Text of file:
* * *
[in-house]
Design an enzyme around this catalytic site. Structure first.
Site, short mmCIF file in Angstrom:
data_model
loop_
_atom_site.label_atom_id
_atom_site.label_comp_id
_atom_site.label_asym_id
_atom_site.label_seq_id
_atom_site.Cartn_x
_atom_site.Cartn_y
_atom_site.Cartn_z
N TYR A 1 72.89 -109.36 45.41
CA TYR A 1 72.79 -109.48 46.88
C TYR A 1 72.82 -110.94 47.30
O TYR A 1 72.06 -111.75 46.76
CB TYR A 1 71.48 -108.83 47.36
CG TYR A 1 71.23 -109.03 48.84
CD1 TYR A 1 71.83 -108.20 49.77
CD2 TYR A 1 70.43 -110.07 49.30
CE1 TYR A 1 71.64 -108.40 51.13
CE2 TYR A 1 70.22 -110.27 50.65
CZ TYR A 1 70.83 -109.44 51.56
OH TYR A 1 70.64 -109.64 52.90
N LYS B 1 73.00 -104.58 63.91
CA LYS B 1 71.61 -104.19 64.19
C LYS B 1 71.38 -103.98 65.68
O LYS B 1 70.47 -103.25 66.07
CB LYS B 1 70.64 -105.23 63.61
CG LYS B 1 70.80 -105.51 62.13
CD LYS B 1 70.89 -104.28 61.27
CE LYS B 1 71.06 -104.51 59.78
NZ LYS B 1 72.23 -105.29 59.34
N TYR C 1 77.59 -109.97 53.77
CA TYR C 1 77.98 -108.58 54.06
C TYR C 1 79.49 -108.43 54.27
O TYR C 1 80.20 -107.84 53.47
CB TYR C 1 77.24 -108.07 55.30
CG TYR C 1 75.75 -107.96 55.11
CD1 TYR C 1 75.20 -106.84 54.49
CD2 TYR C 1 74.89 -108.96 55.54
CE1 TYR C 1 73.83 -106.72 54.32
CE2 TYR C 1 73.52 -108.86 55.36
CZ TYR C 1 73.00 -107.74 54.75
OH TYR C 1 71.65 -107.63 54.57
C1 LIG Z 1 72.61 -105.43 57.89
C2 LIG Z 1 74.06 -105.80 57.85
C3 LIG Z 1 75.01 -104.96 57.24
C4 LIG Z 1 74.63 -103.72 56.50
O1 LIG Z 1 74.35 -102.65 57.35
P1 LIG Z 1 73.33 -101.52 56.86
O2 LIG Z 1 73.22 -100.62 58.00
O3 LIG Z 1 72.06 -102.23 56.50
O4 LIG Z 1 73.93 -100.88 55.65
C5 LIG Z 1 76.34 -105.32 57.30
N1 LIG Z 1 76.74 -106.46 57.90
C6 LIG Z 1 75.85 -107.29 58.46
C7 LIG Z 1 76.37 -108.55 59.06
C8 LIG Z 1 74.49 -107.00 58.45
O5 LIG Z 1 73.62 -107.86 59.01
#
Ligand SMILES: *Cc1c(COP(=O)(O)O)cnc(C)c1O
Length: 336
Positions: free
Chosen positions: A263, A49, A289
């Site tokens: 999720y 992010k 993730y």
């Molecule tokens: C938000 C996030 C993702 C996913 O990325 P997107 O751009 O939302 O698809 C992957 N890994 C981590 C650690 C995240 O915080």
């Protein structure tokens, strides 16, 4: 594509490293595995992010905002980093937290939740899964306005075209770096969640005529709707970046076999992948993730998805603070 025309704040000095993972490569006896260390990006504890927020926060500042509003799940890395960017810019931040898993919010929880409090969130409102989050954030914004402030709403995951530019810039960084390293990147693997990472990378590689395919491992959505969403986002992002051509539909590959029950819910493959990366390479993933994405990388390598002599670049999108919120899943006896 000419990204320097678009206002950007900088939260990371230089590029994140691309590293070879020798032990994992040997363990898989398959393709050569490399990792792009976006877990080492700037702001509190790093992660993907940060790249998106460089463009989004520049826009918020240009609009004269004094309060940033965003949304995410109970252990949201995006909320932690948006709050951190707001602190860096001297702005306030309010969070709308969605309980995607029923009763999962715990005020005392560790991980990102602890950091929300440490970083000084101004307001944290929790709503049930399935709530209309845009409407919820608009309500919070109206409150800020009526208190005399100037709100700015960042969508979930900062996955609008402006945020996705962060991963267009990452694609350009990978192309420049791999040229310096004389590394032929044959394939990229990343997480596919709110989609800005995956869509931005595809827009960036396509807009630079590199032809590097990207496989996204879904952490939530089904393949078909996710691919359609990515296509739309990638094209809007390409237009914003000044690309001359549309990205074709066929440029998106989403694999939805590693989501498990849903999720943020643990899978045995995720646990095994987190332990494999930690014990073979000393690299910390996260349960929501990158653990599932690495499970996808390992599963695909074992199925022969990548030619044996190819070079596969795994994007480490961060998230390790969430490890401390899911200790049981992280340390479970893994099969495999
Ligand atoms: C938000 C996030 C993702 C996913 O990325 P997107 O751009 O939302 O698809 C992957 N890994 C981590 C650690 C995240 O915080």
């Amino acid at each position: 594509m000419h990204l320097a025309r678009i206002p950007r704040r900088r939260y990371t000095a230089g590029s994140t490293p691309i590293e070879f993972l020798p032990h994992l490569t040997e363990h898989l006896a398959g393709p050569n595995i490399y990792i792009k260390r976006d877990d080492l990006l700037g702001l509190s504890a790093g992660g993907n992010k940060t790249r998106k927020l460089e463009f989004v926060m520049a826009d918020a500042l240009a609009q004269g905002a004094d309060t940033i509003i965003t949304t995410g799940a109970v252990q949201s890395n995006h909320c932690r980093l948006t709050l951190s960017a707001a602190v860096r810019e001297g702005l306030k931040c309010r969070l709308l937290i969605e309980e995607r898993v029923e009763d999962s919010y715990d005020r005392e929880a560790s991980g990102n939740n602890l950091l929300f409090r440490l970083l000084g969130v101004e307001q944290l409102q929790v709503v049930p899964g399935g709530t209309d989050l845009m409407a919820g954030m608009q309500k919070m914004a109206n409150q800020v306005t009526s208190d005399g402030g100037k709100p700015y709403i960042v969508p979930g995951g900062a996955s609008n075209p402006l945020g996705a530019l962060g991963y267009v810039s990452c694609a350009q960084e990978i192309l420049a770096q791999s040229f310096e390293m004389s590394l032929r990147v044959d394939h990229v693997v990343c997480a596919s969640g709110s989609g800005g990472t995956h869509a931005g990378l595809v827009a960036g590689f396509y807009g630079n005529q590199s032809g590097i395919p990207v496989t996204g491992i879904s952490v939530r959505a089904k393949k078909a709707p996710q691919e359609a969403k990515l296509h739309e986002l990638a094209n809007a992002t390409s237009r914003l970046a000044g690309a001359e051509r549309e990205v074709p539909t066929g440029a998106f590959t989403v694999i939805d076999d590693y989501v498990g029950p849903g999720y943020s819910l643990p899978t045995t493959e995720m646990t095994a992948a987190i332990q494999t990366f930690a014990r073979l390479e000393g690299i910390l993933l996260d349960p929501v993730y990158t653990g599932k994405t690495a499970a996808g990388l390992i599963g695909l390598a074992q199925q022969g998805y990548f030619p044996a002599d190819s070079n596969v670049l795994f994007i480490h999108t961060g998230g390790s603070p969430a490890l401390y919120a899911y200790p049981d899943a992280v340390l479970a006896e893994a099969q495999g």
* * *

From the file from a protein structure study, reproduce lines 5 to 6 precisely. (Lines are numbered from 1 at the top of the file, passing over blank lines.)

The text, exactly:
loop_
_atom_site.label_atom_id